Customers tell me that meeting the PCI DSS requirements for key management is their biggest area of remediation. They’ve been storing encryption keys in a file, or somewhere on the hard drive, or on a USB storage device, or on another server where they are not properly protected. None of these techniques can meet PCI DSS requirements for Dual Control, Separation of Duties, and Split Knowledge. Really, any storage of data encryption keys on the same server as protected data is going to be a compliance problem. Newly trained IT staff now understand this and are taking action to fix the problem.

So, did they fall out of compliance? No, they weren’t in compliance before and now they are moving towards better security. And that is a good thing.

I don’t mean to minimize the effort that it takes to stay in compliance with PCI DSS. It’s a lot of work and it takes on-going attention. And security and IT departments are under the same budgetary pressures that all of us feel. They are trying to make do with fewer people and smaller budgets. 

But perhaps the news is not as bad as we think. If you haven’t taken a look at your key management strategy lately, now is the time to do it.

Fore more information, download our podcast "Key Management Best Practices: What New PCI Regulations Say" and learn about encryption key management best practices, as well as what PCI has to say about integrated key management (why it isn't a good thing), dual control, separation of duties, and split knowledge.

 

Patrick

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Topics: Compliance, PCI DSS, Encryption Key Management

5 Take Aways from the 2011 PCI SSC Conference

Posted by Chris Sylvester on Sep 27, 2011 8:56:00 AM

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I recently returned from 5th Annual PCI Security Standards Council vendor expo in Scottsdale, AZ.  And rather than returning with a sunburn - after all it was 106 degrees there - I returned with a much better appreciation of what companies are doing to help protect cardholder data.  Every major company that accepts credit cards was at this event.  As a consumer at many of these companies, it made me feel good to know that they take this job seriously and are doing everything they can to keep my information and all of their customers’ information secure.

This was my first time at the event and I enjoyed meeting new people and learned a lot of interesting things. I met with QSA audtiors, customers, potential customers  and vendors.   When asked who Townsend Security was,  I recited my elevator pitch and said “we provide certified encryption and key management solutions to help mid-market customers meet compliance requirements.”  That message was well received, however, as the expo continued, I discovered that people “get” encryption and were more interested in discussing encryption key management.  Many knew key management was something they needed to do and for those that said they were doing something, they wanted to know how they could automate the process.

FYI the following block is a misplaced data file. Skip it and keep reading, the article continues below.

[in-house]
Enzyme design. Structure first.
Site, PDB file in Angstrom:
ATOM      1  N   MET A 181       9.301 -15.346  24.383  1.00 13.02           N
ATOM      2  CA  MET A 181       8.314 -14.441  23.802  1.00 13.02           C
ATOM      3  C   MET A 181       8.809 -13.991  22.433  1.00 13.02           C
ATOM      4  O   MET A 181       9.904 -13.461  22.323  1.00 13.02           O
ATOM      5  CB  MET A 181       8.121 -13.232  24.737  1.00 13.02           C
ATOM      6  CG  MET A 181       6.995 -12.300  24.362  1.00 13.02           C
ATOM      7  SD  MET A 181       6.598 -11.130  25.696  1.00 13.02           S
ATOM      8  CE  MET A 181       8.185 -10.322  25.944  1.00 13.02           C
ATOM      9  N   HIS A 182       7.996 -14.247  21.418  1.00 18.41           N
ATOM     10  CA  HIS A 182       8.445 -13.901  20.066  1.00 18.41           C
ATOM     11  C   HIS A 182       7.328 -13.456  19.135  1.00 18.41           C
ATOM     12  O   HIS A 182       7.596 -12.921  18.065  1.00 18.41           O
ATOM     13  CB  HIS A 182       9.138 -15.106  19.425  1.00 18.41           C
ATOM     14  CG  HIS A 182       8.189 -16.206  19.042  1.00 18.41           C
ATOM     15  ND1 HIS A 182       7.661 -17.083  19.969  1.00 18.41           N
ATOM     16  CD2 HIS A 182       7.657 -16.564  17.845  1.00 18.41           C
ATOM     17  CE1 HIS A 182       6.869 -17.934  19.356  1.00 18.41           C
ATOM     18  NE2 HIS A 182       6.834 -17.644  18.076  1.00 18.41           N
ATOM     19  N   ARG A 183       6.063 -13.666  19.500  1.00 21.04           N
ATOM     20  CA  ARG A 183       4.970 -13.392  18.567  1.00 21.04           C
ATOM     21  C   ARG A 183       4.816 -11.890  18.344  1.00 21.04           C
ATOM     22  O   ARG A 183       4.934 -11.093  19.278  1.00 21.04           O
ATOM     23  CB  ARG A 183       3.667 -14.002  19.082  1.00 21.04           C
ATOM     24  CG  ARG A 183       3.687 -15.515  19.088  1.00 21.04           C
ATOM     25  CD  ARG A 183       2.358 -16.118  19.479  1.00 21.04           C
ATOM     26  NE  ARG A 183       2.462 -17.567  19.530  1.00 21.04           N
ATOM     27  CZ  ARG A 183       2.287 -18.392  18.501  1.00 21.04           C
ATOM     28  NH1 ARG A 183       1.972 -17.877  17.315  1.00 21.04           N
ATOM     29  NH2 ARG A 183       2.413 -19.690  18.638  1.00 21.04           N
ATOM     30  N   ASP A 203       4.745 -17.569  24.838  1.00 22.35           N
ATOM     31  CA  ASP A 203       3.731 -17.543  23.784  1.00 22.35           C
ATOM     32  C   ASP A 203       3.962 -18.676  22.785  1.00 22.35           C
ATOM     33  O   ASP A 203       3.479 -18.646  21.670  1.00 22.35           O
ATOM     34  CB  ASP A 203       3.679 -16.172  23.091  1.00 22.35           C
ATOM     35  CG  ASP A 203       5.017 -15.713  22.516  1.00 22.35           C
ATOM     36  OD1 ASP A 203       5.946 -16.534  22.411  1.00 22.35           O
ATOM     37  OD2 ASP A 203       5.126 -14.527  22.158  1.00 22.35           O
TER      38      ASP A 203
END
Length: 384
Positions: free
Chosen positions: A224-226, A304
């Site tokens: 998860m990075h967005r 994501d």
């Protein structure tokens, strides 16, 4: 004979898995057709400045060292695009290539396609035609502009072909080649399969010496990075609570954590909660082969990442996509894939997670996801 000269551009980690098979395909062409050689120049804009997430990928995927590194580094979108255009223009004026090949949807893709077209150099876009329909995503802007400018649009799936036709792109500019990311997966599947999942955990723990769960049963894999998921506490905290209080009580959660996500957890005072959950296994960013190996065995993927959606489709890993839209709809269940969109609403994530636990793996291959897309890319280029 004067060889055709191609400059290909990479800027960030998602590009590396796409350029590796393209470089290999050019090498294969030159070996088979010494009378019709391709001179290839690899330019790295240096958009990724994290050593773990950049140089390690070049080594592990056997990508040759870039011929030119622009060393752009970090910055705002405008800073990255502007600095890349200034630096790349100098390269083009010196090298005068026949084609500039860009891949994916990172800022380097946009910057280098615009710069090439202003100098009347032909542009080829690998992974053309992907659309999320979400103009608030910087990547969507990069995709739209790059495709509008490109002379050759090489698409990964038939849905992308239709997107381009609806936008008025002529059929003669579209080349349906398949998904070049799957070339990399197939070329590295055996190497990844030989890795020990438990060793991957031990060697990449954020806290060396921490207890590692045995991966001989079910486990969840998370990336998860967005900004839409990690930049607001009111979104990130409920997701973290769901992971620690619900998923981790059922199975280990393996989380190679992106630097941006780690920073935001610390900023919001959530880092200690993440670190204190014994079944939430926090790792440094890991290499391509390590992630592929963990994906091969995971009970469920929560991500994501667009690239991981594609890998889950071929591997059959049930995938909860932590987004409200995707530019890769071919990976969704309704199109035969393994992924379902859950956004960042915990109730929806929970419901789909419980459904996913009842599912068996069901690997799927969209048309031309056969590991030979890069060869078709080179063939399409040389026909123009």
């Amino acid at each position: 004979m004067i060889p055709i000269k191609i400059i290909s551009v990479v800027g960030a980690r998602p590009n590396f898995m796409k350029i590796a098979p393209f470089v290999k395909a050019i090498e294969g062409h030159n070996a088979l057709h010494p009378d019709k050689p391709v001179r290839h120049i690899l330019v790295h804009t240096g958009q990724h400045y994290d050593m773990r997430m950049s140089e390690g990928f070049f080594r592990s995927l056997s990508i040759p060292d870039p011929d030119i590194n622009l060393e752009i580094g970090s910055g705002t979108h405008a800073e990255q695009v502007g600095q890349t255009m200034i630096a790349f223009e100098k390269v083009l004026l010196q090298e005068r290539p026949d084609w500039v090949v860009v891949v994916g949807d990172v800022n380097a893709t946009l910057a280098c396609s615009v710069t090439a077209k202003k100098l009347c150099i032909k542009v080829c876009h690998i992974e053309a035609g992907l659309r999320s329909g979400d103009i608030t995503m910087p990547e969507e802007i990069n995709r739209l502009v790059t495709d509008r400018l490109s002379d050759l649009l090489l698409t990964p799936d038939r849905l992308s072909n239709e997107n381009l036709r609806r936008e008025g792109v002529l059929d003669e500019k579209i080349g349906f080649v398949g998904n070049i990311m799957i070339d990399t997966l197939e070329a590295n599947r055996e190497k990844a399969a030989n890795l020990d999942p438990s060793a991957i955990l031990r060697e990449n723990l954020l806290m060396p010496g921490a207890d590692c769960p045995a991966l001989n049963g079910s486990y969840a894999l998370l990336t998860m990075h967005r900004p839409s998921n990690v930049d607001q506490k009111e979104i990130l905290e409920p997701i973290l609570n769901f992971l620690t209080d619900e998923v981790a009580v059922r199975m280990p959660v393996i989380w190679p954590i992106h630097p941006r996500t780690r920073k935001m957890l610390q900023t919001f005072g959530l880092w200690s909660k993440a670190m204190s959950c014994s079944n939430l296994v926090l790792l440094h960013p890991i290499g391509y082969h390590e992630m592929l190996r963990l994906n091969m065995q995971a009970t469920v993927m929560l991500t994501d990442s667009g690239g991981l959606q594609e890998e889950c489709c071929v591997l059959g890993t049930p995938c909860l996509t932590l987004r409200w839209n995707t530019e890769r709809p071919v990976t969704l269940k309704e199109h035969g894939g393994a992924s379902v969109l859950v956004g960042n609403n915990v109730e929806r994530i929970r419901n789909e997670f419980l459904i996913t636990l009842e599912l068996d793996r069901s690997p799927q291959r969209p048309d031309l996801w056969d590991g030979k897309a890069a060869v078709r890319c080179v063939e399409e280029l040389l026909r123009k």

I spoke with one QSA auditor and asked his opinion on why so many people might be inquiring on this topic and his response, “I have yet to see key management done correctly.” And for companies working on staying compliant,  I think one lady’s response about key management at her organization may sum it up best -- a long pause, accompanied with a rolling of her eyes and a heavy sign saying “it’s not good.”

We know encryption key management isn’t easy, but it is necessary for compliance and to be honest, it is really a best practice for protecting data.  If you are going to go through all the work of encrypting data, then you really should make sure the keys safeguarding the data are also secure.  I talked a lot about our encryption key management solution, Alliance Key Manager (Enterprise and SQL Server editions), at the Expo and thought it would be worth recapping some of the discussion for those who couldn’t be there and are facing encryption key management requirements of PCI DSS.

1) Manage and store encryption keys on a certified appliance.  Our encryption key management solution ensures encryption keys are stored away from the encrypted data, it allows you to satisfy PCI requirements for dual control and separation of duties.  QSA auditors will look to make sure the same person who has access to encrypted data doesn’t have access to encryption keys (dual control).   It is important to restrict access to certain keys by certain users or groups (separation of duties).  You don’t want the same person who has access to encrypted data to have have access to keys that unlock that data.